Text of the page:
Where I am coming from: I have great faith in Homeopathy and was a vegetarian for a decade. I believe that the body has the power to heal itself completely but you have to prepare your self [detoxing body mind and spirit] for that journey. The Bates method while aiming for those who want restoration of clear focusing power suggests actions that also relax your body and mindset which can as a spin-off transform any progress for serious eyesight conditions some [ … not all age related]. I have great respect for the medical research over 100 years or more in Eye surgery today which has made leaps and bounds for diseased eye conditions with billions of dollars investment. Natural vision improvement requires quite a different believe system where a vision educator empowers you to explore possible causes to have the courage to explore and establish a return journey to full or optimum health. Don’t forget YOU have the condition it is essential you are prepared to meet your consultant team with detail accurate objective information on your condition and have the courage to communicate these frankly with your health practitioners [ in an nonthreatening way]- also have ability to ask good questions of them. And listen to the integrity of there answers. Even small insignificant matters can be a clue to a remedy or where to start.
As a prompt what patterns do you notice of each dizzy spell? Before >>> during and after… there duration and environments they happen in. What you do to fast track a more comfortable normal less debilitating situation. May be you have been given pills? What works for you.
Hippocrates said when in pain rest! If that is not an option schedule it! What is essential to an improving a less stressful lifestyle is to recognize what is important and avoid seemingly urgent distractions.
The future is unknown. Best wishes.
Post script: I may be able to respond better to your original question {What else to do} with a more complete picture

Christopher Lane

Ginnie your eyesight condition a requires a full response. you may have to wait a couple of days. I trust your eye doctor has suggested some approach options. and your are reviewing your options to return emotional balance in the face of an uncertain future. Astigmatism is a cause in lack of perfect corneal symmetry. the Method . Your condition Map dot dystrophy is weakening the cornea. the non conventional approach herbalist base and tangible healing forces. need to get into gear to manage a potential critical condition . supplementation is not regarded as an answer to the average physician. there is an untapped healing source in everyone’s hands the method employs this in palming . Lie down with a pillow on your chest and palm and [get creative put on your top ten favourite music pieces for 30 minutes or more] Take stock of what is happening in your life review worst case scenarios and also the journey into possibilities of curing your condition from my your mind and soul set. thank you for the courage to share with others your condition. Best wishes.


I’ve recently been having off balance issues and went to dr who told me my astigmatism has gotten worse the glasses I got make my eyes feel like they are pulling also was told I have map dot dystrophy is there any suggestions what else to do. This balance issue is very deliberating


Man, I just get hella dizzy and everything seems so distant. It gave me a headache and I’d only been walking with them on for 1-2 minutes.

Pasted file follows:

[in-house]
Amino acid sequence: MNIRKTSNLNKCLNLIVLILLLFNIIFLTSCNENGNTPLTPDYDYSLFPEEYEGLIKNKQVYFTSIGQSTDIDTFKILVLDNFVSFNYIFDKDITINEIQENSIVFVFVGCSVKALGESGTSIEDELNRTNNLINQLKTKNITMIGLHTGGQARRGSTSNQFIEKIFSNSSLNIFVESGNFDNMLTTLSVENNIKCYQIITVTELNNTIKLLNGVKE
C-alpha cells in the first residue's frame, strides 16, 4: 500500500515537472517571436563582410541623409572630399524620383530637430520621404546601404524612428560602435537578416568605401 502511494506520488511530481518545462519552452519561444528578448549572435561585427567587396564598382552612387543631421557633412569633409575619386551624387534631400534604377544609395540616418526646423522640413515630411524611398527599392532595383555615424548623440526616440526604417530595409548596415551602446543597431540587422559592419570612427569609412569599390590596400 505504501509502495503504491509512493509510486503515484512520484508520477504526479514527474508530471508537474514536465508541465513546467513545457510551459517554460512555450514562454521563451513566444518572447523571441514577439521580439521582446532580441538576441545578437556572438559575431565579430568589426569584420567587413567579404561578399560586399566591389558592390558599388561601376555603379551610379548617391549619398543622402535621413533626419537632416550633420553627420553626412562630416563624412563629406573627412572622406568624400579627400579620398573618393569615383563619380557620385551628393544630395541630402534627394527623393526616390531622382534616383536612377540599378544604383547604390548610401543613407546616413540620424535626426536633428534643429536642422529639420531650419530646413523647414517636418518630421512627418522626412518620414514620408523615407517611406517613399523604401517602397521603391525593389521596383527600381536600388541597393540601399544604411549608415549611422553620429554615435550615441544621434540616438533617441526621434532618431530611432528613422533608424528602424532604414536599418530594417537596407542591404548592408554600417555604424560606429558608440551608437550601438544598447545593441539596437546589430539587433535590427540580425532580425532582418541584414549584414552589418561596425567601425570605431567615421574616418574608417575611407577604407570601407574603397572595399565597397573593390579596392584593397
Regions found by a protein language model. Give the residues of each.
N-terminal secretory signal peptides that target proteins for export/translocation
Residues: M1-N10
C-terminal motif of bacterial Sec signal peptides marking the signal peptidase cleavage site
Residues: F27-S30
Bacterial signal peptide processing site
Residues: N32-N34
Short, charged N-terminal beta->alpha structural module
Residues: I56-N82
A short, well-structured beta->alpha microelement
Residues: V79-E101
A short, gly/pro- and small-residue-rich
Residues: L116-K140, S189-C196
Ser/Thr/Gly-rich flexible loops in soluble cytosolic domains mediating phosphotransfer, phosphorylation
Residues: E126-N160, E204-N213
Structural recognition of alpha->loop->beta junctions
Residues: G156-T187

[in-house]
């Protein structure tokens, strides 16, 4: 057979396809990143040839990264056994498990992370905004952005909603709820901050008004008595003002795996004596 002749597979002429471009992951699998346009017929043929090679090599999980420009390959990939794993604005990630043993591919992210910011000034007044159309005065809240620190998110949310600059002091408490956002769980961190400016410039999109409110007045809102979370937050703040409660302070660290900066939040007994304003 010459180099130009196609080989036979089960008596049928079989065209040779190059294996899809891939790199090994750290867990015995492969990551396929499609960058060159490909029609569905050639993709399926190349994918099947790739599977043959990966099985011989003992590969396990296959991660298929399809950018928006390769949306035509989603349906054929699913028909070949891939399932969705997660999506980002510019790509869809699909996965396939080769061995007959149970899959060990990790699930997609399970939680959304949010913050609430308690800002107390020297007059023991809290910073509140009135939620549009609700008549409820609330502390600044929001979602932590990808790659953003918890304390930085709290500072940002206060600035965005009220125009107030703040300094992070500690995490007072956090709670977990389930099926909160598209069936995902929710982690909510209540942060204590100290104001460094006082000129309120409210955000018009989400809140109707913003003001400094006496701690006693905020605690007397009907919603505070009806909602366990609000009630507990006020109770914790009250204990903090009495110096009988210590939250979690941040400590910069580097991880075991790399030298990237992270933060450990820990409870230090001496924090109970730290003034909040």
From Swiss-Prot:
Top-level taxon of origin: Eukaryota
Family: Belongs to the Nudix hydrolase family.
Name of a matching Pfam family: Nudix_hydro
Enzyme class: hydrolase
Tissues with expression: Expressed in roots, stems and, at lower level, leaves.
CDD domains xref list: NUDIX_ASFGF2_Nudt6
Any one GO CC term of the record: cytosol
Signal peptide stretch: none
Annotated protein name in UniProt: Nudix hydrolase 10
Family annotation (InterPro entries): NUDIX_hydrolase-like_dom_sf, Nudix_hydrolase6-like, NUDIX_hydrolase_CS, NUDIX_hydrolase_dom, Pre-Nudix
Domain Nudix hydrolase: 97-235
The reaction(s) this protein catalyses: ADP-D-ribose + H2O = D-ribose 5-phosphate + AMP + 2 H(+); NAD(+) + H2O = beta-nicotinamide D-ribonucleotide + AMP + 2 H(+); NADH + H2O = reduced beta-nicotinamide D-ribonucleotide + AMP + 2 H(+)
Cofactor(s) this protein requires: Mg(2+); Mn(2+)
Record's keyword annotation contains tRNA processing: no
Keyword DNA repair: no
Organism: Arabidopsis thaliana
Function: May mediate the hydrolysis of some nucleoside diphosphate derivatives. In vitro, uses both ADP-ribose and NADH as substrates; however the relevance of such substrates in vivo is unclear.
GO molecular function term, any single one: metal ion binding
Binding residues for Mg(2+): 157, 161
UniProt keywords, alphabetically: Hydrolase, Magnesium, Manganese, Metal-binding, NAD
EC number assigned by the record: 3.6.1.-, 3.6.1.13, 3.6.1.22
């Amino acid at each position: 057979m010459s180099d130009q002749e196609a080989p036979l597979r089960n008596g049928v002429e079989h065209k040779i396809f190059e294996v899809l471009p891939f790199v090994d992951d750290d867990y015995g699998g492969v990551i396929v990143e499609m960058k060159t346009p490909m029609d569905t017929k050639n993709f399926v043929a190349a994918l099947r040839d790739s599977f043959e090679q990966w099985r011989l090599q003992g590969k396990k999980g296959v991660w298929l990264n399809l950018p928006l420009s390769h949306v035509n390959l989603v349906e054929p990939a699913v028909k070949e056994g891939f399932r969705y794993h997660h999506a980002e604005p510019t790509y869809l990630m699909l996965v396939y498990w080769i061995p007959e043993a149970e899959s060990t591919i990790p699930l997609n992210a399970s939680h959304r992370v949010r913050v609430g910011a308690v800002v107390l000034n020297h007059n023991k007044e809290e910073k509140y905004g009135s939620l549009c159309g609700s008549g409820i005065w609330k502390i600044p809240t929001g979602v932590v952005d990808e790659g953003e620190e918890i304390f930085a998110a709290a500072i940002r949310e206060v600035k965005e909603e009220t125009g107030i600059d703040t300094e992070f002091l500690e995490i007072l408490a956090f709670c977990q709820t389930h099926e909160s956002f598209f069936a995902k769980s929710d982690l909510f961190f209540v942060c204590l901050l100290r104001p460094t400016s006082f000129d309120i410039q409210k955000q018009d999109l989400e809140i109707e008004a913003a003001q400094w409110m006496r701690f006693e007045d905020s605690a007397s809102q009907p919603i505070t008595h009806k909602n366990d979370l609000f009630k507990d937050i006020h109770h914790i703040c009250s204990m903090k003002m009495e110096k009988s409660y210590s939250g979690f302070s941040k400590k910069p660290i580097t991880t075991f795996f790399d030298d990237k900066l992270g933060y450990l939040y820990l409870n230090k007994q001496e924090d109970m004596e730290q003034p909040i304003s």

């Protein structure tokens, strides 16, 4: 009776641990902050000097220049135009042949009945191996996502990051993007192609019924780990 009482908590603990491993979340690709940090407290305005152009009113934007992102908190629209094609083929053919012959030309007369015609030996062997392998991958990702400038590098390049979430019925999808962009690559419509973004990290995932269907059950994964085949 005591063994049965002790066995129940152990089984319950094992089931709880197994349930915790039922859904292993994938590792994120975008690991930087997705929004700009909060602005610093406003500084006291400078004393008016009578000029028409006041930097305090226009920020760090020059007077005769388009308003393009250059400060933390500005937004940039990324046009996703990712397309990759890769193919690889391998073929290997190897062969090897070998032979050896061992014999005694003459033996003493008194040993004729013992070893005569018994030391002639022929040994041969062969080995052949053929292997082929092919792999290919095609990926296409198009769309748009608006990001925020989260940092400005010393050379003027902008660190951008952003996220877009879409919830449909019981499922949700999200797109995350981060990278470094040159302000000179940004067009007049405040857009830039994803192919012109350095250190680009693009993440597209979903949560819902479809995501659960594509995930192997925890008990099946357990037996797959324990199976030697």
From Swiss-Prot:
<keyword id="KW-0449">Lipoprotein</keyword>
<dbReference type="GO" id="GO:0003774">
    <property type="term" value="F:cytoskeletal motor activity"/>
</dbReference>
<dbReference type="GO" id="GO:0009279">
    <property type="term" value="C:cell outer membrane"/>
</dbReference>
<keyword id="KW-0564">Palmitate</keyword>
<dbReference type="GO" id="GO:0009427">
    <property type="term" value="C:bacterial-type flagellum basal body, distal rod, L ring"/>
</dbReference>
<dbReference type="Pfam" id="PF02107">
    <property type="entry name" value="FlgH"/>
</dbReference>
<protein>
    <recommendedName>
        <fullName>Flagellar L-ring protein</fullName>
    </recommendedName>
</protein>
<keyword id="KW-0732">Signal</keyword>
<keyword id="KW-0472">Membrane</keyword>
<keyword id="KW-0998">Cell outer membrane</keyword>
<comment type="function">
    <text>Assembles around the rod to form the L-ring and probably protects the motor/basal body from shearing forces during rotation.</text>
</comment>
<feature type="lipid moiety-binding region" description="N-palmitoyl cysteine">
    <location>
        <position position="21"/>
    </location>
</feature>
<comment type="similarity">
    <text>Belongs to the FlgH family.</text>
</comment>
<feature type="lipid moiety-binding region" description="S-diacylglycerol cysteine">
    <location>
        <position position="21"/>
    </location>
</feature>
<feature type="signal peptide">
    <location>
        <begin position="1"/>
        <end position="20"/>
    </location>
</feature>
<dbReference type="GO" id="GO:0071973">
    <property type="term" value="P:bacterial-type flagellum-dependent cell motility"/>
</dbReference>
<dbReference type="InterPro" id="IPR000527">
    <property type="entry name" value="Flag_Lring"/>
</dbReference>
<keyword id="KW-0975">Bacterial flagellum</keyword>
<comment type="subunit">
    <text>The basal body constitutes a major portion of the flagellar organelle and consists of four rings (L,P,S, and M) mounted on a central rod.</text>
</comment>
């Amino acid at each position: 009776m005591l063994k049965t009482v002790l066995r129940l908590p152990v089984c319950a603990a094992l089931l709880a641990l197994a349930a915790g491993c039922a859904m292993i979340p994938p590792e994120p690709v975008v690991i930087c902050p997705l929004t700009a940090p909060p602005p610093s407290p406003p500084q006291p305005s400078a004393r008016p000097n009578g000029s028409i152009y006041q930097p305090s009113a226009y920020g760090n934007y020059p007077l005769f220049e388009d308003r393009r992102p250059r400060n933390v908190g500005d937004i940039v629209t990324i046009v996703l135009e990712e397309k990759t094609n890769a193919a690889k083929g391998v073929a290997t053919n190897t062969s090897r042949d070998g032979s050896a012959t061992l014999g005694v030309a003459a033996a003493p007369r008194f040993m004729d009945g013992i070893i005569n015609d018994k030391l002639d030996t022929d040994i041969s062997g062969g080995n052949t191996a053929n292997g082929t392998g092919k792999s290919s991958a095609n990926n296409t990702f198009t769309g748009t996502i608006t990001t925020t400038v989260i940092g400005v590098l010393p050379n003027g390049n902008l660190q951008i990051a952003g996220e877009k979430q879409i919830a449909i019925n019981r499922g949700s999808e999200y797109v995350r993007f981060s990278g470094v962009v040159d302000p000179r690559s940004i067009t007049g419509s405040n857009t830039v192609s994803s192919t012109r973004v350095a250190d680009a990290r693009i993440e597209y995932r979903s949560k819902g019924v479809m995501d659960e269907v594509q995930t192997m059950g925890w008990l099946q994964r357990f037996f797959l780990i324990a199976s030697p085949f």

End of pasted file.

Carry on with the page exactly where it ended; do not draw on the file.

Snap … Mine are my first pair of glasses and I hate them. I certainly can’t walk in them as I feel like I will fall over.
Did you persevere? Eventually get used to them?
Thank yoiu


I tried glasses for the first time about a year ago. I was getting contacts but got the glasses as backup. Have worn them about 4 times in that year. Contacts are fine but it takes me a good 30 minutes of hell to get anywhere close to used to the glasses and I just cant adjust. I am due for another exam and wont even bother with glasses again. I love my contacts and I am fortunate that my eyes aren’t so bad that I cant go without when I want to take out the contacts. I do that often. Only wear contacts about 7 hours a day. Funnily enough my reading glasses are fine, it is only distance that cause issues


I’ve been wearing my prescription glasses on and of now for a couple of days Iam going so dizzy and unbalanced when I take them of what shall I do persevere or don’t they suit me Iam struggling to get used to them the dizziens is awful


Join the discussion…HI Gemma …. I am having exactly the same issue. I think I was better before the glasses!!! Did you resolve your issue? Or just get used to It? Thank you

Christopher Lane

A miss-diagnosis is possible as an eye test is itself stressful – perceived as something you don’t want to fail! – request a follow up session, opticians NEED feedback but are rarely concerned. You have everything to gain by sharing that. But they will never achieve a natural cure or a reversal of any vision challenges. Vision Educators are there to empower and coach [students] through vision stressful life styles associated with common weakening focusing skills. Follow your journey, take on board the new habits and principles suggested by your research. Relax – establish deeper restful breathing to suit ALL your daily activities, energize with daily doses of daylight.

christopher Lane

David, great blog on bad depth and dizziness. Opening gambit a [first caring question] for those who wear glasses. How long have you needed to wear glasses?
Have you a blog on perception of blur left and right eye/brain mindsets? Bates suggested that ability to make your vision worse is a start of awareness to practice vision fusion games and notice improvement with the desirable outcome of improved combined eye fusion and stereoscopic vision. The journey shows up the two-ness as you swiftly shift detailed distance focus near and far.